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Making A Living Selling Machetes In Kuala Lumpur

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KUALA LUMPUR: It may just be 7.00am, but people are already crowding the Jalan Raja Muda Abdul Aziz Food Court.

Located adjacent to the Kuala Lumpur Hospital, the food court draws the breakfast crowd coming from the hospital, namely its staff and family members of patients.

However, the vast spread of Malaysian fares also never fails to attract loyal customers among office workers from nearby areas.

Here, one can see Malaysians of all races sitting together enjoying their food. As long as there is an empty seat, feel free to occupy it.

It is the 1Malaysia spirit at its best.


Here, sixty-five-year-old Zainuddin Abd Samat is no stranger to the regular patrons. His is the only different kind of stall right on the sidewalk of the food court.

However, it is not food that he promotes to passers-by, but all kinds of sharp paraphernalia such as parang, cleaver, knives, scissors, fruit picker and knife sharpeners.

The business has been his bread and butter for the last 17 years, and he diligently opens for business rain or shine.

“Initially I sold children’s toys. That was in 1998 after the economic downturn during which I was laid off from my job as a car salesman. Then I moved on to knives and such the year after,” Zainuddin recalled.

The trader born in Kuala Kangsar, Perak, explained that he slowly moved towards selling machetes and other cutters because of his love for the art of making machete blade covers.


Zainuddin said he focused on making the blade protector because it was a skill he acquired while living in the village in his early days.

“Let the expert make the parang. I’ll do what I’m good at and that is the cover for parangs, knives and even samurai swords,” he said.

Parang covers created by Zainuddin are usually custom ordered. His regular customers usually introduce his offerings to new clients.

The covers are made in a mini workshop located in his Subang Jaya home. He would start work after Isya’ prayers, diligently crafting his product for two to three hours each night.

A variety of wood are used, but among those frequently used include chengal, meranti, kempas and merbau.

According to Zainuddin, he was more comfortable using less expensive wood so the price of the finished product would not burden his customers.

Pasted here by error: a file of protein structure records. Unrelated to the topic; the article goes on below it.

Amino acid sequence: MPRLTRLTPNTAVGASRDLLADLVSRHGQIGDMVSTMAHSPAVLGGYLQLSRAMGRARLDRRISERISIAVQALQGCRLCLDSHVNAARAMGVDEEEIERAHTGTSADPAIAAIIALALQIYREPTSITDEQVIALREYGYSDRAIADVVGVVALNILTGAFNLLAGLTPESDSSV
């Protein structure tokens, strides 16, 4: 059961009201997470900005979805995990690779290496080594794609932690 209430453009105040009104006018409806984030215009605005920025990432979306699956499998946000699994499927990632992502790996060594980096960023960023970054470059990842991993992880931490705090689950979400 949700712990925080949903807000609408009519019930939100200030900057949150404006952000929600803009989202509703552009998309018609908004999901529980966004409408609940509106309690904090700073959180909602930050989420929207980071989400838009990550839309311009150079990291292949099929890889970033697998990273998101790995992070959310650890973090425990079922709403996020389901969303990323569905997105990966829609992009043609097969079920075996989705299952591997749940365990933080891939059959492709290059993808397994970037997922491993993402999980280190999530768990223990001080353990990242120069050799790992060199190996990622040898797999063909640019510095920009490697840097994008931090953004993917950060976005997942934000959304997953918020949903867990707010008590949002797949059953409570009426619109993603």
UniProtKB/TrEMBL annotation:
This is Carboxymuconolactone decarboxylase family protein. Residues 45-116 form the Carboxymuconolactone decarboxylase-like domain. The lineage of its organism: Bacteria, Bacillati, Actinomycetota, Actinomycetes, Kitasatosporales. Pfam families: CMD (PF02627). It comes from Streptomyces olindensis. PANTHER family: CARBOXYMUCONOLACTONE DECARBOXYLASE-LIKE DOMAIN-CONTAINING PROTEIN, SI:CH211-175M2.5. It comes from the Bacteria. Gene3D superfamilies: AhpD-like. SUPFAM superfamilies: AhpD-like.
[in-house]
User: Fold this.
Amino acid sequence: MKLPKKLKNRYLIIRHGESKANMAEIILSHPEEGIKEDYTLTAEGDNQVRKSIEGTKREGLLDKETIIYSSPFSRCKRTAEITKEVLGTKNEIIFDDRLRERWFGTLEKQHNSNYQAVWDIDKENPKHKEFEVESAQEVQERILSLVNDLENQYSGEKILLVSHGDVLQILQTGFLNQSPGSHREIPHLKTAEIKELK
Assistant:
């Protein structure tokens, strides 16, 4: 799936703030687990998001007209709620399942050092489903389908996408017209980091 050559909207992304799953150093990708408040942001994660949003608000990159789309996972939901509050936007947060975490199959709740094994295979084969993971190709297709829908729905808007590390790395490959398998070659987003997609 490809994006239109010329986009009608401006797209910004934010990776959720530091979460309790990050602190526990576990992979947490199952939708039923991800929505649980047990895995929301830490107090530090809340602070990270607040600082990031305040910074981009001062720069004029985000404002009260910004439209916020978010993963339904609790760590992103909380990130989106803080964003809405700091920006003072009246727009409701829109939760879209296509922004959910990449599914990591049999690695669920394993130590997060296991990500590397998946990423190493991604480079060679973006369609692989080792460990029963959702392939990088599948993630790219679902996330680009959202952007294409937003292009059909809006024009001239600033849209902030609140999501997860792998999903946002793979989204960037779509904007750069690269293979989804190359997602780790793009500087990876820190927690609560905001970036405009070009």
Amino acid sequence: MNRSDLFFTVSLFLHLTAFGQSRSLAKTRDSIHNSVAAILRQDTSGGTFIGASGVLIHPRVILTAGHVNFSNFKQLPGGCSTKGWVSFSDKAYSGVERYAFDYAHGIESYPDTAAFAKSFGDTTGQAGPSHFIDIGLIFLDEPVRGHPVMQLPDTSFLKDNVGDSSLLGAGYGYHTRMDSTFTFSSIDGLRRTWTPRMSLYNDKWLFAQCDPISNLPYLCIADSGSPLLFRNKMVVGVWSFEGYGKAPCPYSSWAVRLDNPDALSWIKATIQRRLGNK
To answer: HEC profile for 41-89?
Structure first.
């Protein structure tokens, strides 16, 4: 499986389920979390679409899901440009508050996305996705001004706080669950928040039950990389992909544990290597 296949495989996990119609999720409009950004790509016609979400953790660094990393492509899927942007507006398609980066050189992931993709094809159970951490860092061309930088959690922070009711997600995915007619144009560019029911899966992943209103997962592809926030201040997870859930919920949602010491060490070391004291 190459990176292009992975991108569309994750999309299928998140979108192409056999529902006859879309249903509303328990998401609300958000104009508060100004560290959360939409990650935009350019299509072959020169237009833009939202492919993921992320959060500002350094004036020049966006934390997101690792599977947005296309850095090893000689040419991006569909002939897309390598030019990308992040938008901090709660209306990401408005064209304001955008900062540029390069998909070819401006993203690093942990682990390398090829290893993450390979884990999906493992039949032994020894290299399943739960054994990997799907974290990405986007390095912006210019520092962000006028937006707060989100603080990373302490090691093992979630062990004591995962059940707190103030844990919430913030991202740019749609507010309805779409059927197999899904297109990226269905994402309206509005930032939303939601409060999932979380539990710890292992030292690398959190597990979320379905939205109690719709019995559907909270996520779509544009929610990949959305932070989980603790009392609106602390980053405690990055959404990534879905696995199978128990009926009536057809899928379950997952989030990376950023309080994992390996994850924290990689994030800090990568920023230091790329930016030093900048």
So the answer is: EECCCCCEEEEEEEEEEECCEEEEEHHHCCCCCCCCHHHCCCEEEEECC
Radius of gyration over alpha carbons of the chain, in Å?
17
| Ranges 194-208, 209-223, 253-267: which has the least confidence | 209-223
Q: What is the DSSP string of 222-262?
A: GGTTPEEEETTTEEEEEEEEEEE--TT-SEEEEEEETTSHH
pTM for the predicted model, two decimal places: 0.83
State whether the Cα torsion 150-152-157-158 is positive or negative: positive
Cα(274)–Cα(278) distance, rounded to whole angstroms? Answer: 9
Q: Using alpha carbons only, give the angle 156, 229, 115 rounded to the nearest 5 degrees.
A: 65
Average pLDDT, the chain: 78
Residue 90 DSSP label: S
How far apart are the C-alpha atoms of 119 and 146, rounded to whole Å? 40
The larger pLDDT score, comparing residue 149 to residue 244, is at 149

A 12 inch (30.5 centimeters) parang complete with blade and cover is sold for RM160 each. The price may change depending on the size of the blade requested.

Covers for swords, such as samurai swords, prices can reach RM500 per piece.


The wood he buys from his regular supplier come in the shape of boards. He then cuts and perforates the wood according to the size of the parang.

Wood glue is used to stick two parts of the cover and is given sufficent time to dry to ensure both sides of the wood are strongly fastened.

Then Zainuddin will trim the cover’s exterior to the required shape and thickness. Basically, minor detailing is done before the finished product is handed over to the buyer.

Using a grinder, he refines the shape of the parang and adds carvings. Once this process is done, varish is applied to give the cover a shine and seal the finished product.

“I usually promise customers their order will be ready in a week, but most of the time I can get it done in three or four days,” he said, adding that he would receive about 10 orders a month.


Surviving 17 years in the business was no easy feat. Various obstacles had to be overcome, especially as a street trader.

“It is not easy to run a business, especially selling the things like what I am doing. You can’t just simply sell sharp equipment like this. There are times the enforcement authorities will come by, but I need to be patient and follow whatever order is given,” he said.

He also firmly believes in starting the business early in the day which is why his stall is up and ready by 7am, adding that this way he also beats the morning traffic congestion.

In facing today’s economic challenges, Zainuddin encourages the younger generation to make business a full-time or part-time source of income.

“Firstly, we need to be confident. Find a spot, choose your goods and capital no matter how little. Just start. Be determined, be interested and most of all be honest and sincere.

“When I say honest, mainly it’s about being honest with yourself and then we can be honest with others,” he advised.



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